Throwback Thursday | Arroyo Seco Photo Essay 2007

About a dozen years ago, sites along the Arroyo Seco looked much the way they do today

PHOTO: Rick Thomas Collection | SouthPasadenan.com News | Housing project nears completion obscuring a portion of the historic Colorado Street Bridge (2007)

In this week’s Throwback Thursday, we visit six sites along the Arroyo Seco taken by my daughter, Lauren Thomas, around twelve years ago (2007).

Only one structure no longer exists. Can you guess which one?

PHOTO: Lauren Thomas | SouthPasadenan.com News | Arroyo Seco Photo Essay 2007
PHOTO: Lauren Thomas | SouthPasadenan.com News | Arroyo Seco Photo Essay 2007
PHOTO: Lauren Thomas | SouthPasadenan.com News | Arroyo Seco Photo Essay 2007
PHOTO: Lauren Thomas | SouthPasadenan.com News | Arroyo Seco Photo Essay 2007
PHOTO: Lauren Thomas | SouthPasadenan.com News | Arroyo Seco Photo Essay 2007
PHOTO: Lauren Thomas | SouthPasadenan.com News | Arroyo Seco Photo Essay 2007
PHOTO: Lauren Thomas | SouthPasadenan.com News | Arroyo Seco Photo Essay 2007
PHOTO: Lauren Thomas | SouthPasadenan.com News | Arroyo Seco Photo Essay 2007
PHOTO: Lauren Thomas | SouthPasadenan.com News | Arroyo Seco Photo Essay 2007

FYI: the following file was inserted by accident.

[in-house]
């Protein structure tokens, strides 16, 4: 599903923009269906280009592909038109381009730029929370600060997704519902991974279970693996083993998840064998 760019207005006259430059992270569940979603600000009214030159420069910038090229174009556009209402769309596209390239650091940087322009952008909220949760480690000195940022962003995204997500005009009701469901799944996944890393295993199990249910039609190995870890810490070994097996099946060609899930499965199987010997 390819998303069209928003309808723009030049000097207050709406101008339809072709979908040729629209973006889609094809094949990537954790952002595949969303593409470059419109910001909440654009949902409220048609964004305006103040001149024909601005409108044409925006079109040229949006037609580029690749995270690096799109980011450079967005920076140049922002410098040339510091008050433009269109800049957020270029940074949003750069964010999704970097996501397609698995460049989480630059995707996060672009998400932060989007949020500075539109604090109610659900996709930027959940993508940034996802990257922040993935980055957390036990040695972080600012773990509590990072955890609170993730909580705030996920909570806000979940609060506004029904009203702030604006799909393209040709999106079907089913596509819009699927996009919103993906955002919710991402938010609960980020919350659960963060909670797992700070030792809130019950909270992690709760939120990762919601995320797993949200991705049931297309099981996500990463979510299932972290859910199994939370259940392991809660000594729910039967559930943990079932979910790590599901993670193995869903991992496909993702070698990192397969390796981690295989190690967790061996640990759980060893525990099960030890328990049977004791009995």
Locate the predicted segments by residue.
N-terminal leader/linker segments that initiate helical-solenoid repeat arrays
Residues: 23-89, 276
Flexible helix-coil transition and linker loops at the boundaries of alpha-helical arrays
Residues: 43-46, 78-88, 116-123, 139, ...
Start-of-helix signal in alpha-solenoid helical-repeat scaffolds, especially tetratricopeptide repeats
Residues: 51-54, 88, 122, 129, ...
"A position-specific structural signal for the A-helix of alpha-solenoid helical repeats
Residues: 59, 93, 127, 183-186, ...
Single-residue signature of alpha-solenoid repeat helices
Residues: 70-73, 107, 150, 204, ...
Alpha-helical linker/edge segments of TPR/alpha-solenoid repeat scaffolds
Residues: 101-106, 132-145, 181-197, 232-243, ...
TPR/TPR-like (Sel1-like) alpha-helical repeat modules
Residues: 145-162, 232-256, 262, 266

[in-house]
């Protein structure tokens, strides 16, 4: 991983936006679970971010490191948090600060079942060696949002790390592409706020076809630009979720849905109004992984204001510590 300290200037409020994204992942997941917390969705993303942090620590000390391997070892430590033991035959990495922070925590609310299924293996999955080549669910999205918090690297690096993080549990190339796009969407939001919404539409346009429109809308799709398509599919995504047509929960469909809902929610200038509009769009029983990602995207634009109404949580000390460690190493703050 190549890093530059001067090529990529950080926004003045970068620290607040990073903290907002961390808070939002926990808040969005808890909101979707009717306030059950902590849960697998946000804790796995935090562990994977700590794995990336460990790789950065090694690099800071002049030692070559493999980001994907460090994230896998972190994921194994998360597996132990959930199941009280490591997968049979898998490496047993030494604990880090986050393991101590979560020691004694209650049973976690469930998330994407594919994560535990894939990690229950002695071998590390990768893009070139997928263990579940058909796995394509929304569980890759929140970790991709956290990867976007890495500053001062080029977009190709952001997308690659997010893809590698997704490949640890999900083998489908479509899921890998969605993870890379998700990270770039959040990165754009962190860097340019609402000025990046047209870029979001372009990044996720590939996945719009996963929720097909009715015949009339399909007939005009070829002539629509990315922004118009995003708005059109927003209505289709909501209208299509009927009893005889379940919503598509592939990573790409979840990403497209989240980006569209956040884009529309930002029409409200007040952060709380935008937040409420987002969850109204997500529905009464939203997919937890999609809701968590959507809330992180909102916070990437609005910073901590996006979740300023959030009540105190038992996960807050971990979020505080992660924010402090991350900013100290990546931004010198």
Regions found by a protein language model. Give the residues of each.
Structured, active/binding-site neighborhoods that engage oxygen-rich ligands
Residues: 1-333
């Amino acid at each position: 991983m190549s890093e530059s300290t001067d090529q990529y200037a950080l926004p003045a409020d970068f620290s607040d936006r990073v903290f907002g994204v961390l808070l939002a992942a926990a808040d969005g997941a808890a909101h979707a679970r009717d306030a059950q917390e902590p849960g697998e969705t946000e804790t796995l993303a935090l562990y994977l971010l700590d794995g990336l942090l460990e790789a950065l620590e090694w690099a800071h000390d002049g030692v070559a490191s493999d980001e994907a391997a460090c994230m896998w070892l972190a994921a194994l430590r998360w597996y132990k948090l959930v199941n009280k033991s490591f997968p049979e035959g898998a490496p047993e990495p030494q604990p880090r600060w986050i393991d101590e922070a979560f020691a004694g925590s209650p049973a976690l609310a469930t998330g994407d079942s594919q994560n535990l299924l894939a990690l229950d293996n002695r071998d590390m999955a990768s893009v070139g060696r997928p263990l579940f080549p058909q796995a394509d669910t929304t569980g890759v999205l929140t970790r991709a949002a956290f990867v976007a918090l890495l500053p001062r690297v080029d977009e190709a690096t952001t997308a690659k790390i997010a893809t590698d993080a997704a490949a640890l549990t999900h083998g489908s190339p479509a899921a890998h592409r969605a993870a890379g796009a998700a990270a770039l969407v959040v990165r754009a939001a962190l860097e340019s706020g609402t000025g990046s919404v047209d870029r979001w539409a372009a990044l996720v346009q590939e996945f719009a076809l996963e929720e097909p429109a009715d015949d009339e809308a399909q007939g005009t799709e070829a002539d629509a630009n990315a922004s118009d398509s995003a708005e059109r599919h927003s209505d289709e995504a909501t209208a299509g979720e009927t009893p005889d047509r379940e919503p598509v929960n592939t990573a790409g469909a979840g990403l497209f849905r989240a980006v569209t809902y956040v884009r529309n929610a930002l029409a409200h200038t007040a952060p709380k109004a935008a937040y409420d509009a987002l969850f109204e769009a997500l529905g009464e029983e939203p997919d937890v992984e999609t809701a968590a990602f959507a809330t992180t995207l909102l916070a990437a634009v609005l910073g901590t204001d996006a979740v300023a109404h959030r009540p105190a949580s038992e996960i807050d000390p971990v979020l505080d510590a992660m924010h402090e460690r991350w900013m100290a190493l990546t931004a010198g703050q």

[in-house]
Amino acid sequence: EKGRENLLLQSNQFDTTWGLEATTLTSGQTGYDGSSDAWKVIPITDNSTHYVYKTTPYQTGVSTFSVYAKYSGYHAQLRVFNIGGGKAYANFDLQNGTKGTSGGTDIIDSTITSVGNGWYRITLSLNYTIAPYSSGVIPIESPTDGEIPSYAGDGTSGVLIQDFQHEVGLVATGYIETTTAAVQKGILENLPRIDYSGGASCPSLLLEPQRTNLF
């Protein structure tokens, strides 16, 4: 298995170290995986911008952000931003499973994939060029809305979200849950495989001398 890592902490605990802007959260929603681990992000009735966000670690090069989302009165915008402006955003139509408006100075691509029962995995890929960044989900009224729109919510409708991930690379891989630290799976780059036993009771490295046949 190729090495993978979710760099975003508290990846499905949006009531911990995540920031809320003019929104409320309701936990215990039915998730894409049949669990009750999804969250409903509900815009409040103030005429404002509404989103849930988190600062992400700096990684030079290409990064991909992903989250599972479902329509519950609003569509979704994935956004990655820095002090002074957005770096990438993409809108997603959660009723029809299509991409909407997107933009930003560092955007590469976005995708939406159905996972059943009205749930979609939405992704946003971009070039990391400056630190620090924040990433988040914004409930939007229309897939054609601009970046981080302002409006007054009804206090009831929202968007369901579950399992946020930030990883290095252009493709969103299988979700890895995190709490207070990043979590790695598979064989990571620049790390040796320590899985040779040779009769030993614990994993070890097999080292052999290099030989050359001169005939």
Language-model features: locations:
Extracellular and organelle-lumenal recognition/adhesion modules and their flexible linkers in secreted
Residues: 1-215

PHOTO: Lauren Thomas | SouthPasadenan.com News | Arroyo Seco Photo Essay 2007
PHOTO: Lauren Thomas | SouthPasadenan.com News | Arroyo Seco Photo Essay 2007
PHOTO: Lauren Thomas | SouthPasadenan.com News | Arroyo Seco Photo Essay 2007

Answer: Desiderio Army Reserve Center near the Colorado Street Bridge. The historic structure was demolished. Today, it is Desiderio Neighborhood Park.

Throwback Thursday is written and produced by Rick Thomas

 


Author Rick Thomas is the former museum curator and vice-chair of education for the South Pasadena Preservation Foundation. He served on the South Pasadena Natural Resources Commission, helping to maintain a strict policy protecting the city’s great old-growth trees. Using touchstone photographs from his own collection—one of the San Gabriel Valley’s largest accumulations of historical images and artifacts—as well as national, state, and local historical archives, Thomas provides a window to his city’s past and an understanding of why its preservation is so important.